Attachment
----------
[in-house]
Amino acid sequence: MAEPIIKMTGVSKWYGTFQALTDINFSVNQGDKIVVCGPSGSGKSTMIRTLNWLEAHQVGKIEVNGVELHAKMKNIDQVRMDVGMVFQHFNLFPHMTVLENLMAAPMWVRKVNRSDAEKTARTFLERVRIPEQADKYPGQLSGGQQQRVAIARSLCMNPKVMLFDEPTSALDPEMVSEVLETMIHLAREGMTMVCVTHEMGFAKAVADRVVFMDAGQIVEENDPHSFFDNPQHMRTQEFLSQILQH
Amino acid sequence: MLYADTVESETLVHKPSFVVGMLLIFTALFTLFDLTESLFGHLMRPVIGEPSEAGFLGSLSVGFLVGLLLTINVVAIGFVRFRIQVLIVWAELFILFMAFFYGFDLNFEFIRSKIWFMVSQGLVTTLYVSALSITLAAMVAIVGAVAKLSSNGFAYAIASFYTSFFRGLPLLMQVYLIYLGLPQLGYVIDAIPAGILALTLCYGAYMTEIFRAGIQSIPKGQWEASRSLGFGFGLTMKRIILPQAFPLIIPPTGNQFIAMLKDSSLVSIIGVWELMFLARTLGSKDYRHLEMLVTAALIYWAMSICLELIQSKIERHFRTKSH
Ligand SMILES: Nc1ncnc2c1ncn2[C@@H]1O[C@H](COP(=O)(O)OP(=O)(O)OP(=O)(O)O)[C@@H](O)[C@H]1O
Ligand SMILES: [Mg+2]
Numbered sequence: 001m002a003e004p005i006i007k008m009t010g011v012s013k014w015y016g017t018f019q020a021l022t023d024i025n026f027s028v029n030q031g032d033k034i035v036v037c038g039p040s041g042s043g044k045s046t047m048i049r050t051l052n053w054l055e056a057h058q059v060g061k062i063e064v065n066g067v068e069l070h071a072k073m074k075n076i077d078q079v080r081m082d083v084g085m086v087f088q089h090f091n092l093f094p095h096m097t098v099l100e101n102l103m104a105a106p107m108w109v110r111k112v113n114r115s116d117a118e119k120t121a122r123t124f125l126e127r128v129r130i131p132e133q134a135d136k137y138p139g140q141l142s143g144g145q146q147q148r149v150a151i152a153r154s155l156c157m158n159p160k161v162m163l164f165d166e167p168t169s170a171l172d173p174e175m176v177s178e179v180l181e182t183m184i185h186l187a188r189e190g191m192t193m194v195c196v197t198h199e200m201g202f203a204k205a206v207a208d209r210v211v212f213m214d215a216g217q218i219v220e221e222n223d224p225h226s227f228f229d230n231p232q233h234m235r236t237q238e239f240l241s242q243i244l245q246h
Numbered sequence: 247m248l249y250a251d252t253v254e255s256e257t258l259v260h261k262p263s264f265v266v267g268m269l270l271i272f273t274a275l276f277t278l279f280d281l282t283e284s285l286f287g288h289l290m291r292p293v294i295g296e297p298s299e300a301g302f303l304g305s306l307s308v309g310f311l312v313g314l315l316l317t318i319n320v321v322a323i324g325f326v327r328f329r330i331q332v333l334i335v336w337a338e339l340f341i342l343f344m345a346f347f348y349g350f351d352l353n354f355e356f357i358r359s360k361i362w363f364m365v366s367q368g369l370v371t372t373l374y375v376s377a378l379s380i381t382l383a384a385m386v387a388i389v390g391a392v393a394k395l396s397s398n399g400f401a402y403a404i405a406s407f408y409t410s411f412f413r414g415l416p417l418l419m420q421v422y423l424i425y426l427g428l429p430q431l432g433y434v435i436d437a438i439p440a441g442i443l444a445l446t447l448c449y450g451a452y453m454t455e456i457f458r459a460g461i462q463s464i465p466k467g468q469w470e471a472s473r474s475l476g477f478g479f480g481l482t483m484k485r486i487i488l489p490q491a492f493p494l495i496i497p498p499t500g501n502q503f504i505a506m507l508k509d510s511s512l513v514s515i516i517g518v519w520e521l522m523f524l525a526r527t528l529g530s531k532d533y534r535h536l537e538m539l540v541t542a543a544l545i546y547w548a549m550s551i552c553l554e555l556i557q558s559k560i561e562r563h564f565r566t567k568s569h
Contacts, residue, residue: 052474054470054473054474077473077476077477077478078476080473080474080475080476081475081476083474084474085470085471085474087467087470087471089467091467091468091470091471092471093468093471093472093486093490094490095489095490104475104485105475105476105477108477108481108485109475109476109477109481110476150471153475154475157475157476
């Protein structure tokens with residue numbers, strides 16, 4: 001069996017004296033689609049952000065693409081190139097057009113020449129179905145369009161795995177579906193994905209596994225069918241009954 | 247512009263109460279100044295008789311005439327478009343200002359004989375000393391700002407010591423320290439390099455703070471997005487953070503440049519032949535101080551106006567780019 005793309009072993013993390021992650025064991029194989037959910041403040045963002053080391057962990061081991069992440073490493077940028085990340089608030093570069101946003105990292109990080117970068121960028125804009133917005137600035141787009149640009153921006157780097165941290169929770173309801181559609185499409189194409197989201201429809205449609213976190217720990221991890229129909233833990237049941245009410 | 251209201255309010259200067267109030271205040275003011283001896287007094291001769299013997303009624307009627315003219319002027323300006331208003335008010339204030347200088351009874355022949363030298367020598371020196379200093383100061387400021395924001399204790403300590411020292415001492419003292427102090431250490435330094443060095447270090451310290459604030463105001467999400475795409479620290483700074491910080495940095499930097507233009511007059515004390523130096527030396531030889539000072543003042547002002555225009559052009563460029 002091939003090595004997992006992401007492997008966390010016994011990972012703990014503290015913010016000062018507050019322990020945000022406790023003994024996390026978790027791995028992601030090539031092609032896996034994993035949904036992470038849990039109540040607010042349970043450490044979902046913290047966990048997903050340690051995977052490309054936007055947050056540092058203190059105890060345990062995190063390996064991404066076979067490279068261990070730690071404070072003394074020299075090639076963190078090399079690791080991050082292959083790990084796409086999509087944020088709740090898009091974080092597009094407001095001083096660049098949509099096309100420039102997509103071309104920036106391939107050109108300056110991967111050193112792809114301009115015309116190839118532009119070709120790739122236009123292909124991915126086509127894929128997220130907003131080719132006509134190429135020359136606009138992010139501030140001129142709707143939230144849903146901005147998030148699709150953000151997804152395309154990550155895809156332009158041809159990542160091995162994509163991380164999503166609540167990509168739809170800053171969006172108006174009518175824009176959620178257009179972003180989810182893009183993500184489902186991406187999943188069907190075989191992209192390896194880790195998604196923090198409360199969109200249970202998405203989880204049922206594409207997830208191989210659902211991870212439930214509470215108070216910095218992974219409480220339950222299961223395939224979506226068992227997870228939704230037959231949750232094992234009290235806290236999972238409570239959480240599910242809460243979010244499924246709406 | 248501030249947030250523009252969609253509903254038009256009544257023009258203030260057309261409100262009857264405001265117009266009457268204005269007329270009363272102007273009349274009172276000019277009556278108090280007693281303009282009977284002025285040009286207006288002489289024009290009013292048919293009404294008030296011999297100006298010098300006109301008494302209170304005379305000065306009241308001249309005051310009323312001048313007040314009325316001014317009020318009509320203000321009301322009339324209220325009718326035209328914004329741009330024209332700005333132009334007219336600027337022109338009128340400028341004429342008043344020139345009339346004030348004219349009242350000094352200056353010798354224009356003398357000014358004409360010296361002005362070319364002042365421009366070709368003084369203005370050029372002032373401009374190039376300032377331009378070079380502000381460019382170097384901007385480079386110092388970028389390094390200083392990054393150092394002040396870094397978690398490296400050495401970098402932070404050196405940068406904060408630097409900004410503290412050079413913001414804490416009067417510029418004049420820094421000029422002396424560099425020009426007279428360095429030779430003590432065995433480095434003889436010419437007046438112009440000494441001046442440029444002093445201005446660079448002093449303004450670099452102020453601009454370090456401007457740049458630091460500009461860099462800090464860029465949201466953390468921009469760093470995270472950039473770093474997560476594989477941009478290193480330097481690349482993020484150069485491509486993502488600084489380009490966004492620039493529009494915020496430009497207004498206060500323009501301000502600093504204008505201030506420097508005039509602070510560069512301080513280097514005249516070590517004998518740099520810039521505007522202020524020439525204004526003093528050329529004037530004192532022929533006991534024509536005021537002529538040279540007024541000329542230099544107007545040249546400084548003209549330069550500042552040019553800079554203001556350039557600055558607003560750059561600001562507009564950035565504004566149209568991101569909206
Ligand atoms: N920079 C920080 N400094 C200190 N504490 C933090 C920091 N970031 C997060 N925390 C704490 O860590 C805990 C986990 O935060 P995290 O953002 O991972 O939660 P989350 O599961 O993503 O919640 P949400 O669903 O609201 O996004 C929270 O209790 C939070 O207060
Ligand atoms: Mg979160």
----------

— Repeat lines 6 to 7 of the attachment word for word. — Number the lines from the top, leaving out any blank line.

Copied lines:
Numbered sequence: 001m002a003e004p005i006i007k008m009t010g011v012s013k014w015y016g017t018f019q020a021l022t023d024i025n026f027s028v029n030q031g032d033k034i035v036v037c038g039p040s041g042s043g044k045s046t047m048i049r050t051l052n053w054l055e056a057h058q059v060g061k062i063e064v065n066g067v068e069l070h071a072k073m074k075n076i077d078q079v080r081m082d083v084g085m086v087f088q089h090f091n092l093f094p095h096m097t098v099l100e101n102l103m104a105a106p107m108w109v110r111k112v113n114r115s116d117a118e119k120t121a122r123t124f125l126e127r128v129r130i131p132e133q134a135d136k137y138p139g140q141l142s143g144g145q146q147q148r149v150a151i152a153r154s155l156c157m158n159p160k161v162m163l164f165d166e167p168t169s170a171l172d173p174e175m176v177s178e179v180l181e182t183m184i185h186l187a188r189e190g191m192t193m194v195c196v197t198h199e200m201g202f203a204k205a206v207a208d209r210v211v212f213m214d215a216g217q218i219v220e221e222n223d224p225h226s227f228f229d230n231p232q233h234m235r236t237q238e239f240l241s242q243i244l245q246h
Numbered sequence: 247m248l249y250a251d252t253v254e255s256e257t258l259v260h261k262p263s264f265v266v267g268m269l270l271i272f273t274a275l276f277t278l279f280d281l282t283e284s285l286f287g288h289l290m291r292p293v294i295g296e297p298s299e300a301g302f303l304g305s306l307s308v309g310f311l312v313g314l315l316l317t318i319n320v321v322a323i324g325f326v327r328f329r330i331q332v333l334i335v336w337a338e339l340f341i342l343f344m345a346f347f348y349g350f351d352l353n354f355e356f357i358r359s360k361i362w363f364m365v366s367q368g369l370v371t372t373l374y375v376s377a378l379s380i381t382l383a384a385m386v387a388i389v390g391a392v393a394k395l396s397s398n399g400f401a402y403a404i405a406s407f408y409t410s411f412f413r414g415l416p417l418l419m420q421v422y423l424i425y426l427g428l429p430q431l432g433y434v435i436d437a438i439p440a441g442i443l444a445l446t447l448c449y450g451a452y453m454t455e456i457f458r459a460g461i462q463s464i465p466k467g468q469w470e471a472s473r474s475l476g477f478g479f480g481l482t483m484k485r486i487i488l489p490q491a492f493p494l495i496i497p498p499t500g501n502q503f504i505a506m507l508k509d510s511s512l513v514s515i516i517g518v519w520e521l522m523f524l525a526r527t528l529g530s531k532d533y534r535h536l537e538m539l540v541t542a543a544l545i546y547w548a549m550s551i552c553l554e555l556i557q558s559k560i561e562r563h564f565r566t567k568s569h